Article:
Cory Varney: Farke’s rocky road - The definitive Norwich City story
PUBLISHED: 11:52 03 April 2020 | UPDATED: 12:45 03 April 2020
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It was the calculated gamble that led all the way to the Premier League. But it was far from plain sailing for the club’s first overseas managerial appointment. City fan and writer Cory Varney charts the arrival of Mr Farke.
“I stand for football, and hopefully beautiful football.” That was Daniel Farke’s mantra, stood in the May sunshine at Carrow Road as the ink dried on his City contract.
The 40-year-old joins the Canaries from Borussia Dortmund II after making a name for himself leading SV Lippstadt 08. A disciple of possession football, Farke sets out his stall early. He wants his team to dominate, to be brave, to be attacking and always want the ball. He promises a style that will fit Norwich.
“I want in future, when you watch Norwich, to see a clear sign of who we are, you see what the club want, what the idea is and what the football should be. I want to create that.”
The German had plenty of options on the table. Norwich was not the only one. It was, however, the ‘right one’.
“I believe there is much potential in the club and the city and I try to help fulfil all the hopes and dreams to create this time of change.”
Sporting director Stuart Webber lands Chris Badlan and Kieran Scott to lead the European and domestic scouting departments, both former colleagues from his time at Wolves.
A busy summer now begins.
“Maybe it needed a season like this to reassess and see where it needs to go and what it stands for, what it is about,” reflects Russell Martin, who will soon sign a new deal. “You can’t have infinite success or bounce up and down. It is not nice or enjoyable, but we need to go back to having fun and create a Norwich team the fans want to see.”
The Norwich captain talks up the way Farke wants to play his football, stressing that any new recruits will be ‘hungry’.
By now, there have been three of them added to the playing roster.
Marley Watkins, an attacker from Barnsley, Angus Gunn – a goalkeeper like his dad, City legend, Bryan – on loan from Manchester City, and Mario Vrancic, a midfielder from Darmstadt. Farke’s Borussia Dortmund II captain, Christoph Zimmermann, soon becomes the fourth arrival.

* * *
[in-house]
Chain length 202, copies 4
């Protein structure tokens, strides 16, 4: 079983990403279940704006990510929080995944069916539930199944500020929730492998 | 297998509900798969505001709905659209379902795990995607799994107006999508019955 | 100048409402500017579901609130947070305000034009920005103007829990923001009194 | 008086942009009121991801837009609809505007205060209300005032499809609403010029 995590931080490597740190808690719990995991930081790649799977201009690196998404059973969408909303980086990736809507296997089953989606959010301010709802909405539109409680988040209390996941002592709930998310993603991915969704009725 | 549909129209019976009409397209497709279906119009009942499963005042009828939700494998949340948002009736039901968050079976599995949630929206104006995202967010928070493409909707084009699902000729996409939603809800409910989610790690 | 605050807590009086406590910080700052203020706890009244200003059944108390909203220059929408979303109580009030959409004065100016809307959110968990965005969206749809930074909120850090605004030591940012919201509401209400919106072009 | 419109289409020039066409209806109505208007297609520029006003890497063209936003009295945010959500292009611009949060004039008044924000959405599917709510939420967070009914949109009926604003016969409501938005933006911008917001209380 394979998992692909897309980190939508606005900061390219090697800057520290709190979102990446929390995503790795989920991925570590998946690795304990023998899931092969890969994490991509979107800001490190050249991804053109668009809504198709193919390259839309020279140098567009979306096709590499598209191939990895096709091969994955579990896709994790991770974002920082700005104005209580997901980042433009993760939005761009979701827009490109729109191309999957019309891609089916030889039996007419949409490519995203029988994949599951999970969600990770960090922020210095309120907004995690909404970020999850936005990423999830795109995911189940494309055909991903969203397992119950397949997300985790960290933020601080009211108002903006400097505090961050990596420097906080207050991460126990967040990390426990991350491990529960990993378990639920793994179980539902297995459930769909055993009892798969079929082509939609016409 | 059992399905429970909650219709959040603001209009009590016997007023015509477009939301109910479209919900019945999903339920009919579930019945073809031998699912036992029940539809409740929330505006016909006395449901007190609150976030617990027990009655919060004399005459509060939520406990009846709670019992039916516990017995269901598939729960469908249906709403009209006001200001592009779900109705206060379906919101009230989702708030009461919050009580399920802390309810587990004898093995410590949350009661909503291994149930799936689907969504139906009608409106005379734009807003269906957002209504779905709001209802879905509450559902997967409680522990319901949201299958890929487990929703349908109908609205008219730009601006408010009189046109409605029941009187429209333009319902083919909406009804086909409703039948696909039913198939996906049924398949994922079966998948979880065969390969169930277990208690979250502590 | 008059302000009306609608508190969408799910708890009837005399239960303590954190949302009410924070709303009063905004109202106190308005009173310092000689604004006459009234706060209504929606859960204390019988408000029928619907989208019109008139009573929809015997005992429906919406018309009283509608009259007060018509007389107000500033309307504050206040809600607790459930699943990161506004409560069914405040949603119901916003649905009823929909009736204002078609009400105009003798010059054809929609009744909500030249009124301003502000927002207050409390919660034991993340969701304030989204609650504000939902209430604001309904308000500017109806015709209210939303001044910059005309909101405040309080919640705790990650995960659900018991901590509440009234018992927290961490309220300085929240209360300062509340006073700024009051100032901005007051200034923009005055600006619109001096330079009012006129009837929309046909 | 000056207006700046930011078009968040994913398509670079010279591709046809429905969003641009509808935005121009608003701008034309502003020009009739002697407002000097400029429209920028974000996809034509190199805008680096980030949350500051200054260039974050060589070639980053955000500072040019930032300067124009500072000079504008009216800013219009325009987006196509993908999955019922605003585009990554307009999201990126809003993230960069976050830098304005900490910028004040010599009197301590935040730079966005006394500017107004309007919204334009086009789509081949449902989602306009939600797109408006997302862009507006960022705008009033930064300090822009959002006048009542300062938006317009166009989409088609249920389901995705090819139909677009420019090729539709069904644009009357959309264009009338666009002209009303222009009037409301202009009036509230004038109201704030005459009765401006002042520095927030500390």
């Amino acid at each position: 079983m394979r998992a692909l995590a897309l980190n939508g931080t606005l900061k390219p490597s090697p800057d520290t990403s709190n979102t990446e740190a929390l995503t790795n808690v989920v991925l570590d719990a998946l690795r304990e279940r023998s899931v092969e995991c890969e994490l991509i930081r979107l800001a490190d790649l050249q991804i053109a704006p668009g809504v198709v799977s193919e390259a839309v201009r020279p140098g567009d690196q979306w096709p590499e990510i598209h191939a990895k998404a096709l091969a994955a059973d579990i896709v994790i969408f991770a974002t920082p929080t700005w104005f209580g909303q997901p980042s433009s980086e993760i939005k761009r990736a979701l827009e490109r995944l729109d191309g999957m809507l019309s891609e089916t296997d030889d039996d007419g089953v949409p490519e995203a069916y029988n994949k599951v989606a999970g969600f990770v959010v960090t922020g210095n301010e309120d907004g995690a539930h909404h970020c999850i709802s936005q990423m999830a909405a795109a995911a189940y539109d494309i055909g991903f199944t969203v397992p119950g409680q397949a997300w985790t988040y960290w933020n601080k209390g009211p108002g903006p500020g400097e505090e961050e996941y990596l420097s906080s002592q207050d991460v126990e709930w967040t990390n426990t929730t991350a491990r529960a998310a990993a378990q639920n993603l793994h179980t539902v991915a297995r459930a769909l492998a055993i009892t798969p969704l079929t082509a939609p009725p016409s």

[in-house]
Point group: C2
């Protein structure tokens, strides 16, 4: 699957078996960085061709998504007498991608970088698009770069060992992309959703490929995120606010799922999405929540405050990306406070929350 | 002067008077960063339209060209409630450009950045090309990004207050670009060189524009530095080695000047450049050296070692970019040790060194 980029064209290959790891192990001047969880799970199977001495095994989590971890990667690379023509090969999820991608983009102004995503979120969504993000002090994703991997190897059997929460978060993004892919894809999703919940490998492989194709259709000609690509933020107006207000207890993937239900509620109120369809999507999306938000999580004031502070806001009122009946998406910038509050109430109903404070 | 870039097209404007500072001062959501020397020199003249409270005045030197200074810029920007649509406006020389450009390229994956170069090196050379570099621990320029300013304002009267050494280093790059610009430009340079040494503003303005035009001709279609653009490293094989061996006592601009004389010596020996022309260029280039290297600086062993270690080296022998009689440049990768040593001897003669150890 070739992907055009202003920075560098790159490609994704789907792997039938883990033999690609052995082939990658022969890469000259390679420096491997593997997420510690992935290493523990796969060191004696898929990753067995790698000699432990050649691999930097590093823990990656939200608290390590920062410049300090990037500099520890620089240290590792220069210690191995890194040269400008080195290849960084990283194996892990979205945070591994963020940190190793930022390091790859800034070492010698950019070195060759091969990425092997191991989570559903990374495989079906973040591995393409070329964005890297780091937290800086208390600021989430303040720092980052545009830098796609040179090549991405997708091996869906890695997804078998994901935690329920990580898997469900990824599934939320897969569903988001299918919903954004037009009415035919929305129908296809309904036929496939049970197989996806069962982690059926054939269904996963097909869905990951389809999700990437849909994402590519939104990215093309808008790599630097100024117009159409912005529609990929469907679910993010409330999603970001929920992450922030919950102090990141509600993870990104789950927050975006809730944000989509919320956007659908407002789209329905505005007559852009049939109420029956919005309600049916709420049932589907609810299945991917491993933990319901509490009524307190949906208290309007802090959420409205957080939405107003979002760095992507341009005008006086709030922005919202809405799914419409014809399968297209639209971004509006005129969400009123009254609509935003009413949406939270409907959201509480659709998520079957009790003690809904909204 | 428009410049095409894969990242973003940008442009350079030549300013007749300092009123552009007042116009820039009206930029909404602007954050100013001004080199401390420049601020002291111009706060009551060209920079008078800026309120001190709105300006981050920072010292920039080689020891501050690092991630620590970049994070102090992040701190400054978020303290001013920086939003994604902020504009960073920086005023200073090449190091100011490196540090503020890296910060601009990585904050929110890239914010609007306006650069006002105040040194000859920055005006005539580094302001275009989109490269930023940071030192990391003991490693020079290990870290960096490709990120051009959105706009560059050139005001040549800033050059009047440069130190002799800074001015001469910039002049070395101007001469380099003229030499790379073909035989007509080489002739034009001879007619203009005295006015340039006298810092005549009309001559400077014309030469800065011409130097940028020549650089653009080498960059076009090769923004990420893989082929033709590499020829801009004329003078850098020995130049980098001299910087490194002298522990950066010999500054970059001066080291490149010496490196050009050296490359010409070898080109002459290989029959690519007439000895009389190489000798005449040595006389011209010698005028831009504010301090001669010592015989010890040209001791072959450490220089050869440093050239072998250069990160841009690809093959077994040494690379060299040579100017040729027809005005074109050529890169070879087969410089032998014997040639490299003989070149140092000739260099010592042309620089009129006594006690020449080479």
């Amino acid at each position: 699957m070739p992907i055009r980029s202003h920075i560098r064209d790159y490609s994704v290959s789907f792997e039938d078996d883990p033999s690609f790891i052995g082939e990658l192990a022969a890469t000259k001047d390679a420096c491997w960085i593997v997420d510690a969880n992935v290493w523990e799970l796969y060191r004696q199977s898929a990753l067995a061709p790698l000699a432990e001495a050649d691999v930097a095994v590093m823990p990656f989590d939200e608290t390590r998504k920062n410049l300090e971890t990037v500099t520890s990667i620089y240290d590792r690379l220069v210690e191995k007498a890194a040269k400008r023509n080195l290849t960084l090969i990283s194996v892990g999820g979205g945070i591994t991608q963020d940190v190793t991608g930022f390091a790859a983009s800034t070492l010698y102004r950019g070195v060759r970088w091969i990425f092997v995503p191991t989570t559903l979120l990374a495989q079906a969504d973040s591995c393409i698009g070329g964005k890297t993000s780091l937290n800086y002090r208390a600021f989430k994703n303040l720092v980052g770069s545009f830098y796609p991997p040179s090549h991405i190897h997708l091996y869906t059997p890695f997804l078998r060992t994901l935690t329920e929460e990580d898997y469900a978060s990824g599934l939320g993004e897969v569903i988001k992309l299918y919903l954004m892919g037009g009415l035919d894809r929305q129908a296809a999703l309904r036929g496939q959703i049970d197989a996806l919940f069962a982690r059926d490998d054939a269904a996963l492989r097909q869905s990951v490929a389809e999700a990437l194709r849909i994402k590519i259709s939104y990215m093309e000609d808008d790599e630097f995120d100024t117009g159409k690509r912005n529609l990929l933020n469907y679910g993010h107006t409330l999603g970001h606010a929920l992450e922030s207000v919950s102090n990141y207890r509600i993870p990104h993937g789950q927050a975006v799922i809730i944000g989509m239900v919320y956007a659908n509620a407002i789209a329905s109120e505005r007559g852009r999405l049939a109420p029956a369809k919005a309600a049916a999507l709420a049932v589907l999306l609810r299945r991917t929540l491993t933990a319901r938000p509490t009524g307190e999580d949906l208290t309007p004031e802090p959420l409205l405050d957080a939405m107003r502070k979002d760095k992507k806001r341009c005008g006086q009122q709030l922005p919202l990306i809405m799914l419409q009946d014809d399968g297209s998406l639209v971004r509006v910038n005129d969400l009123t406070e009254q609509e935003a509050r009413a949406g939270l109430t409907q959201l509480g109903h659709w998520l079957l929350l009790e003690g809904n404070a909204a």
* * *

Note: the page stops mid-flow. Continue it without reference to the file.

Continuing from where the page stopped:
Off the pitch, Farke’s backroom team also takes shape.
Eddie Riemer, Chris Domogalla and Christian Flüthmann follow him from Germany. Alan Irvine leaves after a spell as caretaker manager, as do Frankie McAvoy and keeper coach Dean Kiely.
Experienced players leave. Graham Dorrans to Rangers. Jonny Howson to Middlesbrough.
One bright starlet signs on, as James Maddison gets a new contract – “I’m really looking forward to working with him and we will try to develop him a little bit more,” says Farke – while another leaves, as Jacob Murphy heads to Newcastle.
Harrison Reed (Southampton), James Husband (Middlesbrough) and Marcel Franke (Greuther Fürth) continue the summer incomings.
Key players Alex Pritchard and Timm Klose get injured during a pre-season friendly at Cambridge.
July becomes August and there is another new arrival, midfielder Tom Trybull, following a trial. Jamal Lewis gets a new deal, and Webber hails Farke as the best coach in the Championship.
“I truly believe that,” he insists. “Seeing how he has worked at Dortmund and with the guys here for six weeks. Whether that is enough, or the players are good enough, we will find out soon enough, but the level of detail, his manner with the players and developing the culture we want, of hard work and respect, is impressive.”
It’s then Farke’s turn to set the scene on the eve of the season.
It’s unrealistic to assume things will happen straightaway. Experienced departures, widespread change and injury woes make a promotion bid unlikely but, he makes sure to point out, not impossible.
“We don’t play football just to reach realistic goals. Sometimes you want to do something unrealistic and extraordinary and special. It is football, a game. We need a great togetherness to help each other. We have a pretty young team, there will be mistakes and we need that support. There will be problems and setbacks, but we need that atmosphere in difficult times inside the club and especially the relationship with our fans. If we stand together and face whatever happens then we have chances to do some unrealistic things.”
The opening day brings about one thing. ‘The Nelson thing’.
Farke’s first competitive Norwich game unfolds at Craven Cottage and with the clock rapidly ticking towards 90, two of his substitutes combine. Wes Hoolahan finds Oliveira who finds the net in front of the travelling Norwich fans.
What should be a fantastic moment, becomes flat out bizarre.
Rather than celebrate, Oliveira whips off his shirt and charges to the dugout, making sure Farke can see the name and number on the back. Farke downplays it as passion. At first.
The versatile Marco Stiepermann becomes the latest addition, joining from VfL Bochum, before Farke must field questions on Oliveira before a League Cup tie against Swindon.
He talks about loving the name on the shirt – the one on the front, not the back. He’s focused on making sure ‘all the guys’ are concentrated on working for the club, rather than themselves.
Oliveira’s missing as Norwich beat Swindon 3-2. Will he return for Sunderland?
Farke admits he was not content with Oliveira’s reaction. Frustrated at not playing? That’s fine. Reacting like he did? That’s not. He then reaffirms how it is a ‘great honour to work for Norwich City’. The club is bigger than all.